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The Shelbourne: Grande dame of Dublin hotels is defying her age

Published 29/06/2016

Full of history: The Shelbourne Hotel Dublin.
Full of history: The Shelbourne Hotel Dublin.
The Constitution Room at The Shelbourne.
The Queen Room at The Shelbourne.

At 192 years old the grand dame of Dublin hotels is looking better than ever.

As soon as you walk through the doors of The Shelbourne Hotel on St Stephen's Green you get a real sense of its history and its pivotal place in Irish society.

The largest five star hotel in Dublin, this classic hotel has 265 bedrooms including 19 suites. Many are named after well-known guests who have an association with the hotel, including the Princess Grace Suite, along with those named after John F. Kennedy, Michael Collins and Eamon De Valera.

In this year of the Easter Rising centenary the hotel's place in Irish history has been of particular interest to visitors and guests. It was taken over by British forces to snipe at Irish Citizen Army rebels in St Stephen's Green a century ago and in a first-floor room the Irish Constitution was drafted in 1922. The table on which it was created, under the chairmanship of Michael Collins, still sits in the very room.

Founded in 1824 by Tipperary man Martin Burke, the Shelbourne first comprised three Georgian houses and aimed to "woo genteel customers who wanted solid, comfortable and serviceable accommodation at a fashionable address".

Following an extensive restoration of its exterior with its signature red-brick Victorian facade, I can confirm it definitely still has the "woo" factor. It also ticks every other box on Mr Burke's wishlist and much, much more.

After a very relaxing stay there recently I found the hotel literally oozes glamour and sophistication.

I had one of the best night's sleep in so long thanks to the luxurious mattresses and duvets. The rooms also boast sleek marble bathrooms which again add to the splendour of the place.

When (or if as trust me they are so good!) you manage to drag yourself away from their wonderfully comfortable beds, there is a Sunday jazz brunch which I would highly recommend. You could easily spend hours in the No 27 bar listening to the music while enjoying their creative cocktails and some food. Through the bar's tall windows you can look out on St Stephen's Green or just do some serious people watching.

We had an evening meal in The Saddle Room restaurant which was truly sensational. This luxurious steak and seafood restaurant has one of those menus where you just want to try everything. After a starter of seared Bantry Bay scallops we had Charleville 45 Day Aged 5oz Beef Fillet and the Roast Kilmore Quay Monkfish in a Shellfish Consommé.

All the dishes were faultless and I spotted at least half a dozen other dishes I would love to try. The use of many different Irish ingredients was clear to see on the menu.

After dinner we retired to the No 27 bar for cocktails again and also tried out the distinctive Horseshoe Bar which has become a famous meeting point over the years for politicians and journalists, sportsmen and movie stars as well as visiting dignitaries. The bar's original 1957 Sam Stephenson design has also been recently restored, down to the Hogarth prints, white counter top and shining brass. This gives the bar a very unique feel.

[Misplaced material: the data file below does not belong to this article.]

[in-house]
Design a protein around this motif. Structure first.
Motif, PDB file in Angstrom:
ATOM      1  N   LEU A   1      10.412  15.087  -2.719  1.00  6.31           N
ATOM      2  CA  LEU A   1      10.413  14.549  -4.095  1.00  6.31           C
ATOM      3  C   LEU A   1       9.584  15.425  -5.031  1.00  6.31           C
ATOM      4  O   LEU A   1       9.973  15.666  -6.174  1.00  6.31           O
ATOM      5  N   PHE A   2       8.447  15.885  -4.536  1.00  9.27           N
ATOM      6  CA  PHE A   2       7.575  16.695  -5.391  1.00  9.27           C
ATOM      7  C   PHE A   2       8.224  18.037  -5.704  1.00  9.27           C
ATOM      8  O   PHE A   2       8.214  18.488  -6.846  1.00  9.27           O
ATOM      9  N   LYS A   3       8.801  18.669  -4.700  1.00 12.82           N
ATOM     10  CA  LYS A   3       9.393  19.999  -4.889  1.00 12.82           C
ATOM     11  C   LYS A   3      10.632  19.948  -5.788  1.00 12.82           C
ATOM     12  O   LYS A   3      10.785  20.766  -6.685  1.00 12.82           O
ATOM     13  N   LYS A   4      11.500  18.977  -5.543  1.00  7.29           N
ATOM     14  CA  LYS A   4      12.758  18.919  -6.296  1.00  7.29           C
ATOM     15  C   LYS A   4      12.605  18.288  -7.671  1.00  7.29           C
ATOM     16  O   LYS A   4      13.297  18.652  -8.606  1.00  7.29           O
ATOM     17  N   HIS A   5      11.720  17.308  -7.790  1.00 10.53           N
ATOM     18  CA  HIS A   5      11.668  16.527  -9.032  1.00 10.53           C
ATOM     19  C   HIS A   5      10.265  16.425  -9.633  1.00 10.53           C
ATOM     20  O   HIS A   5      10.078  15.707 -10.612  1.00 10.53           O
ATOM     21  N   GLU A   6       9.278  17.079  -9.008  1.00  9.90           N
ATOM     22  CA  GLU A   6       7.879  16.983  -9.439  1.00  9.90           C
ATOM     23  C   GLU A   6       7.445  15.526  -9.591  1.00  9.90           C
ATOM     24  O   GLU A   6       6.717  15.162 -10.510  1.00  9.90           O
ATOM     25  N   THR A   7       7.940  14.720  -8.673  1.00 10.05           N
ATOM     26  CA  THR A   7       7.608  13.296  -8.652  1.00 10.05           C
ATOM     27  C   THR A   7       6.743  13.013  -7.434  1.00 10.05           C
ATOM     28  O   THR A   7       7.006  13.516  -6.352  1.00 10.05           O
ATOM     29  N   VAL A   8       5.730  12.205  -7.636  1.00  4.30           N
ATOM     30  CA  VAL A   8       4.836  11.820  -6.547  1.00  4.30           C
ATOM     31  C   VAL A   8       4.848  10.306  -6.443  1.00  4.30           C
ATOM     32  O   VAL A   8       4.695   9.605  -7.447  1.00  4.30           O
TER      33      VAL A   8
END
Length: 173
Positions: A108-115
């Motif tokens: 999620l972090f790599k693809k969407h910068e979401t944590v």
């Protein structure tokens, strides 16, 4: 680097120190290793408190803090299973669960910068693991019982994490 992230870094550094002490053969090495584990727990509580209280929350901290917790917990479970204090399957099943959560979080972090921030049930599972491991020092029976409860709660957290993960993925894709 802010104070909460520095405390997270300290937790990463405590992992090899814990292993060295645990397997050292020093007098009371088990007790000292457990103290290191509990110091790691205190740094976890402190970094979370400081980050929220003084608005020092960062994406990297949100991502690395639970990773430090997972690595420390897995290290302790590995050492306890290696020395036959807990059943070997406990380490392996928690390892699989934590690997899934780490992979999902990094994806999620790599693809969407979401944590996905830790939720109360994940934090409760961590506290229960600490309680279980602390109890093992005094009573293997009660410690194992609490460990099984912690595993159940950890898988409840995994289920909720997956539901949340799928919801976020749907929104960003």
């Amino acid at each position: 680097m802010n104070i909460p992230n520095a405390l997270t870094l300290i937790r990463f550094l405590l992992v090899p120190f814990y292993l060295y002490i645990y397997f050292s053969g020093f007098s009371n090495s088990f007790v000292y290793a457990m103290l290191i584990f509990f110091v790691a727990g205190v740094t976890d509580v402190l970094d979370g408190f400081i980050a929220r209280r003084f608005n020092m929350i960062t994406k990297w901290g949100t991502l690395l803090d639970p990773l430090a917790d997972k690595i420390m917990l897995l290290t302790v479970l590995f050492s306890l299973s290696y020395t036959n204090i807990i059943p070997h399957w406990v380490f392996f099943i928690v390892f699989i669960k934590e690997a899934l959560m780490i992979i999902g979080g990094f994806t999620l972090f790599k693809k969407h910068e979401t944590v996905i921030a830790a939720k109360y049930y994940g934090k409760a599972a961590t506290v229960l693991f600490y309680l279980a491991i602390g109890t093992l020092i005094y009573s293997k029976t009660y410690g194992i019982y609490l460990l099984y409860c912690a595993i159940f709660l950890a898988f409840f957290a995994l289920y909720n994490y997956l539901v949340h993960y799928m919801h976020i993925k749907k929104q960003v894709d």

While I didn't have time to try it for myself The Lord Mayor's Lounge is a particularly busy spot for afternoon tea, a delight I heard other guests raving about.

If you're a culture vulture or just want to visit some of Dublin's most famous attractions within walking distance of the hotel are Trinity College, Dáil Éireann, and the National Gallery, Museum and Library.

But for history buffs or those who were curious like myself the hotel has its very own museum situated beside reception. This Aladdin's Cave contains stories from staff, guests and commentators, as well as menus, letters, articles and items from throughout the hotel's history, including a draft copy of the Irish Constitution.

On request you can view the guest registers, which allows visitors to view the signatures of family members or friends over the past two centuries.

As it is located beside Grafton Street The Shelbourne is also the perfect location to base yourself for a shopping trip or if you want to sample the city centre's bars and restaurants.

There is no better way to relax after a day's shopping than in the Spa at The Shelbourne, the largest in Dublin city centre and obviously one of the most exclusive in Ireland. This relaxation sanctuary features a swimming pool, thermal facilities, a dance studio and state-of-the-art gymnasium.

The hotel also boats its own salon which offers hair styling, manicures, pedicures, express beauty treatments and a specialist blow-dry bar, all while you sip on a cocktail or glass of champagne.

I may not have mimicked actor Peter O'Toole, who is said to have bathed in champagne during his stay at The Shelbourne, but it was fantastic to at least have sampled the champagne lifestyle for a day. Now back to sandwiches and tea at my desk....

The Rediscover Dublin package is available at The Shelbourne until January 31 2017 and costs from €379 per room, room only for one night accommodation for two in a luxurious Deluxe Room. Enjoy full use of the spa facilities including pool, gymnasium, steam room and sauna.

- For bookings and enquires call 003531 6634500 or book online at

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